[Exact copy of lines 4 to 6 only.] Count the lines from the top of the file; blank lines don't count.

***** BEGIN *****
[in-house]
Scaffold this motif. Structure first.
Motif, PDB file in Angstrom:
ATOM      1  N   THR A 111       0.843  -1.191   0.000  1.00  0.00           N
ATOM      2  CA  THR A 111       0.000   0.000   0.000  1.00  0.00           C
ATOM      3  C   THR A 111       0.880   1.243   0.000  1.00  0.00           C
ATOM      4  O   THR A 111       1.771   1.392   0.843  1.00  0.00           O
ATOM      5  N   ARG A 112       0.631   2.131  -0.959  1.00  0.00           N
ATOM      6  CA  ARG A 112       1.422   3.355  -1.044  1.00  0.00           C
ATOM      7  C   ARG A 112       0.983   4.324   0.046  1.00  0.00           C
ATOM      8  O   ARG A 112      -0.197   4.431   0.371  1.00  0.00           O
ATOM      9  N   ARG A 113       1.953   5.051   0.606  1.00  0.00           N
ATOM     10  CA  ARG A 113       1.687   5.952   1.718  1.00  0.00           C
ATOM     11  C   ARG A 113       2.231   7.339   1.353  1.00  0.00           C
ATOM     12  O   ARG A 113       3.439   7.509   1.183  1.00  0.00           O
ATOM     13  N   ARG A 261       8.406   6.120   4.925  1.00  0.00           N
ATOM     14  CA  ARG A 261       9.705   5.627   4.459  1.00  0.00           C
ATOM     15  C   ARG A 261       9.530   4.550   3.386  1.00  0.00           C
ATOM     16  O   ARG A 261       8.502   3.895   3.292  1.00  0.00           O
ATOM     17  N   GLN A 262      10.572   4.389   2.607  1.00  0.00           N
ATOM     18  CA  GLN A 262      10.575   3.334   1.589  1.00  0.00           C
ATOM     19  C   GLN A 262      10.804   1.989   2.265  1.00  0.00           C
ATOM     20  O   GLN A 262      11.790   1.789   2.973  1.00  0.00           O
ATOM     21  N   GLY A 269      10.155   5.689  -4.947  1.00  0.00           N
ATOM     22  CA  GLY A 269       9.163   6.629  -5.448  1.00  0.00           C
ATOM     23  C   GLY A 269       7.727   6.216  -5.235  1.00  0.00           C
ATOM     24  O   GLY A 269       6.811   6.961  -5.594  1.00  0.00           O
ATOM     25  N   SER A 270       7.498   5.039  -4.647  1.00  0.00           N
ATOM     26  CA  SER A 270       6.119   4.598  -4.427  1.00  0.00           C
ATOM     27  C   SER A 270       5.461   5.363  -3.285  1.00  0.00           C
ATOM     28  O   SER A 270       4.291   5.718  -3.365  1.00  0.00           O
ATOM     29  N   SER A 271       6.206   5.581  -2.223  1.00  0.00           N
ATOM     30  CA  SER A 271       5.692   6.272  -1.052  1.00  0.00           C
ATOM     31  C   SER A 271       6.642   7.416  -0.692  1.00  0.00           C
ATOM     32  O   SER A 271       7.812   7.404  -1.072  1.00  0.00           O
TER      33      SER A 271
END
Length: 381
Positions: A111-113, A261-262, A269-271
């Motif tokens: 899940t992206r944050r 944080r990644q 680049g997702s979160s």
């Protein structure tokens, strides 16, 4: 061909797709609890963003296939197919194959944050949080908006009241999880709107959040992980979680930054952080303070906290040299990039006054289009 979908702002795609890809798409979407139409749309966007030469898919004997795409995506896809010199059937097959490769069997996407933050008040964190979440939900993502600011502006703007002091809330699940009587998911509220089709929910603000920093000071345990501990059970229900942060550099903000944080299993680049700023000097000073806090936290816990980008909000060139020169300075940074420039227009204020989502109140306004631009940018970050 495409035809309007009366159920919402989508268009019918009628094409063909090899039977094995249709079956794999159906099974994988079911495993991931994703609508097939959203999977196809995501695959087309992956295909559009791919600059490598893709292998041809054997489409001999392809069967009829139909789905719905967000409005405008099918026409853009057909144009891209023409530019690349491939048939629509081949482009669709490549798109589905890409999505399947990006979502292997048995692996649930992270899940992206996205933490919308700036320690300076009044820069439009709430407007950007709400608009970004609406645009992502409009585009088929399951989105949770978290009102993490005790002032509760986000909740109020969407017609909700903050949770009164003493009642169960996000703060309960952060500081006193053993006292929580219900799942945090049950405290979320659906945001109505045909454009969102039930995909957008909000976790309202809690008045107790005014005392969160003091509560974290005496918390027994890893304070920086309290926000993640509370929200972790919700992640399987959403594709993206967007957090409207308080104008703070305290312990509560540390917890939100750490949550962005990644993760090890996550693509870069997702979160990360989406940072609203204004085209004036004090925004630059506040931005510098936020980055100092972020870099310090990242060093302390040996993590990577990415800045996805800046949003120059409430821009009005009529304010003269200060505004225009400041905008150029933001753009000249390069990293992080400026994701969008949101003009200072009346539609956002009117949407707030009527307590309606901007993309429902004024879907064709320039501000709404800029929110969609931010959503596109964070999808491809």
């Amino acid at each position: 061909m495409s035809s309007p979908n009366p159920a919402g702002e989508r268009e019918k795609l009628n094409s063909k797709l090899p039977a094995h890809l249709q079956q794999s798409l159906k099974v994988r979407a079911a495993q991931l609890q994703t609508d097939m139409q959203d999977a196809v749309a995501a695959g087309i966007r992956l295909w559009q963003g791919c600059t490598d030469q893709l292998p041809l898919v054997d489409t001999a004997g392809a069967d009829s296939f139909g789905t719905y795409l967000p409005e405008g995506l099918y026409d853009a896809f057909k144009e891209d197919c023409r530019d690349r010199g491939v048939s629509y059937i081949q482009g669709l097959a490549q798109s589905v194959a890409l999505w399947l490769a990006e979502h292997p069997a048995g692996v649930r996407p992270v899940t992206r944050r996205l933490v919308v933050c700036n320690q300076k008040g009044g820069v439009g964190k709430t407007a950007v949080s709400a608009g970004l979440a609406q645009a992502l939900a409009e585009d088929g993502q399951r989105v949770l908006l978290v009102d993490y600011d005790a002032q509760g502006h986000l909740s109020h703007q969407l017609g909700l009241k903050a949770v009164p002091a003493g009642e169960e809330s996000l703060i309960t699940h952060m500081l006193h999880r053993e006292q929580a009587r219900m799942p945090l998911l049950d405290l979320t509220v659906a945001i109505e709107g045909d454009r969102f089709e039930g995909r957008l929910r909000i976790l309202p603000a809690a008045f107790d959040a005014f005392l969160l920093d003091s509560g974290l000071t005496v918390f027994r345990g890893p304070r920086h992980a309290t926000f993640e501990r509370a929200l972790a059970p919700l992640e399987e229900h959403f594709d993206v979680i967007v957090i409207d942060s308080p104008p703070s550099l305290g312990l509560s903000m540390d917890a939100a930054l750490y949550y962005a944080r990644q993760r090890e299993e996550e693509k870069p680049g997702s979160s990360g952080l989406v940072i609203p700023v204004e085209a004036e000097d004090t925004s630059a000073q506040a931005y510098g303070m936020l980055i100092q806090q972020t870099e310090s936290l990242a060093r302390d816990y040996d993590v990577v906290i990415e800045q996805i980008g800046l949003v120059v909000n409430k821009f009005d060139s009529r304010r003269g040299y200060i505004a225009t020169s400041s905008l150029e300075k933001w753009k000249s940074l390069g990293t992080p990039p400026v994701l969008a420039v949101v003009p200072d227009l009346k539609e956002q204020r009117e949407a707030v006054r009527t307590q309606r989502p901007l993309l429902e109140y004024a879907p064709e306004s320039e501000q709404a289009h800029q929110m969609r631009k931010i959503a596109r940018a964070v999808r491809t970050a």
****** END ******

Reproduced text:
ATOM      1  N   THR A 111       0.843  -1.191   0.000  1.00  0.00           N
ATOM      2  CA  THR A 111       0.000   0.000   0.000  1.00  0.00           C
ATOM      3  C   THR A 111       0.880   1.243   0.000  1.00  0.00           C